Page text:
Robberg Nature Reserve

The Robberg Peninsula is not only a nature reserve but also a national monument and marine protected area in the heart of the Garden Route, just 8 km south of Plettenberg Bay

Garden Route Game and Nature ReservesThe Robberg Nature Reserve

Just outside Plettenberg Bay on the Garden Route is a remote rocky peninsula touted as the most popular hiking destination in and around Plettenberg Bay.

The Robberg Peninsula is not only a nature reserve but also a national monument and marine protected area in the heart of the Garden Route, just 8 km south of Plettenberg Bay. Roughly 4 kilometres in length, the peninsula sweeps out to sea, like a mini Cape peninsula.

People head here for the natural beauty, the rocky shoreline home to hundreds of Cape Fur Seals and the waters rich with dolphins and whales. Montane fynbos sweeps up the wind-driven, rocky slopes awash in salt spray, whilst a collection of ocean seabirds albatross, broadbilled prion and Subantarctic skua - fill the air with their calls as they head to and fro from the Sub-Antarctic island, Marion Island, south east of the peninsula. It is also a breeding area for the rare African black oystercatcher.

Kelp gulls breed on Robberg peninsula, particularly since the building of boardwalks that have allowed rehabilitation of disturbed area and kept people out of nesting areas. And rare blue duiker, the country's smallest antelope, hide in the evergreen thickets, occasionally appearing to hikers when they feel safe. This diminutive blue-grey antelope weighs under 5 kg and has short, sharp horns in amongst its tuft of hair.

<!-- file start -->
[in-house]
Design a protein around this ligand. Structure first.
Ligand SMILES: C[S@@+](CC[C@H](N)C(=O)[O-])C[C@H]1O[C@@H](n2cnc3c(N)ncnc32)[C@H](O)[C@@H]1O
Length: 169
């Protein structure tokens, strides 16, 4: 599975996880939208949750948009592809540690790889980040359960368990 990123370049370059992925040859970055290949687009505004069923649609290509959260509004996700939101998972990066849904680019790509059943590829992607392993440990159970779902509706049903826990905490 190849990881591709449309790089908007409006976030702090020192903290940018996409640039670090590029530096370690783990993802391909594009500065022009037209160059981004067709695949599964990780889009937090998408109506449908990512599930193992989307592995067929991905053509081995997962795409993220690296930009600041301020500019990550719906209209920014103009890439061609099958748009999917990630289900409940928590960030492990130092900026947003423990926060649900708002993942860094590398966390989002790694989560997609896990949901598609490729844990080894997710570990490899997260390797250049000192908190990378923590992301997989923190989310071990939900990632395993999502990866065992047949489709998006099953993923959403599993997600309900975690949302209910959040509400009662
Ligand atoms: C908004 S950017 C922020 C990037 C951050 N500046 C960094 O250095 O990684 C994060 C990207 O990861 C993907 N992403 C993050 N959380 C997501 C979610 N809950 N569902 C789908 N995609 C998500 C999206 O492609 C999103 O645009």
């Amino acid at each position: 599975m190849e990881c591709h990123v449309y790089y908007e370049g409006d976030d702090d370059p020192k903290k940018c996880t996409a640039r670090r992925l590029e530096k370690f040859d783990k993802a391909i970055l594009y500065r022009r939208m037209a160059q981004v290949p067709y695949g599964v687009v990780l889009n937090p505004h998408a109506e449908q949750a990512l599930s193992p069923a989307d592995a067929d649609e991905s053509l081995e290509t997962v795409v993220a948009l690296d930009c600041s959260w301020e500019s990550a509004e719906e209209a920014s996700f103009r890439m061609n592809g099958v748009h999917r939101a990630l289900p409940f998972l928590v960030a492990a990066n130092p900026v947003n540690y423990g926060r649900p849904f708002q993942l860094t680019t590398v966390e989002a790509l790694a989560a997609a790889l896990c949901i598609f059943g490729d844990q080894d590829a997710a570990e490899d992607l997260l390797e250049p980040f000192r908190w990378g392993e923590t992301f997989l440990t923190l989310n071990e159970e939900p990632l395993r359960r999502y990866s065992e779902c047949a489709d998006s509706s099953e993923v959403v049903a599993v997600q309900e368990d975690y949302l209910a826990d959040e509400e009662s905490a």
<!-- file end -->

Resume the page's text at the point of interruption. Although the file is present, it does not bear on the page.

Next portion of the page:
Hikers and visitors also often sight loggerhead, green and hawksbill turtles in the waters, with occasional rare visits by leatherback turtles.

The Robberg Peninsula is far more than a wonderful space in nature. It is also an important Middle and Later Stone Age archaeological site. Nelson Bay Cave shows evidence of a time when grasslands, rather than sea, stretched beyond the southern horizon. And Robberg's rocks date back 130 to 110 million years to the early Cretaceous period.

Hikers can choose from three circular routes, including the walk to The Point, which takes about four hours. Kayakers advocate that sightings from their boats are the best way to explore the rocky shoreline. And fishers fish from rock and surf (any other type of fishing is forbidden within one nautical mile of the peninsula).

Popular Activities in Robberg Nature Reserve

Hiking the Robberg Peninsula


When hikers speak about the Robberg Peninsula hike they are referring to the 11 km circular trail that is fairly taxing to do. There are another two options that are 2 km (to the Gap and back) and 4 km (to Witsand dune and The Island...

More info and contact details: Hiking the Robberg Peninsula

Hiking in Robberg Nature Reserve


You have access to three trails that range from 45 minutes to 5 hours and 11 kilometres in length - a moderately strenuous (most of it is flat, and relatively easy going) circular walk that leads one right to the Robberg point, not advisable with...

More info and contact details: Hiking in the Robberg Nature Reserve

Robberg Beach


You can walk for kilometers along this long stretch between the Robberg Peninsula and Beacon Island which is ideal if you are looking for a bit of exercise. Stroll along the boardwalk and decks and take in the breathtaking views of the majestic...

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Fishing in Robberg Nature Reserve


The Robberg Marine Reserve is situated here too, extending a nautical mile into the water all around the reserve. Rock and surf fishing are permitted within the reserve, but permits are required. These can be obtained from the Marine and...

More info and contact details: Fishing in Robberg Nature Reserve

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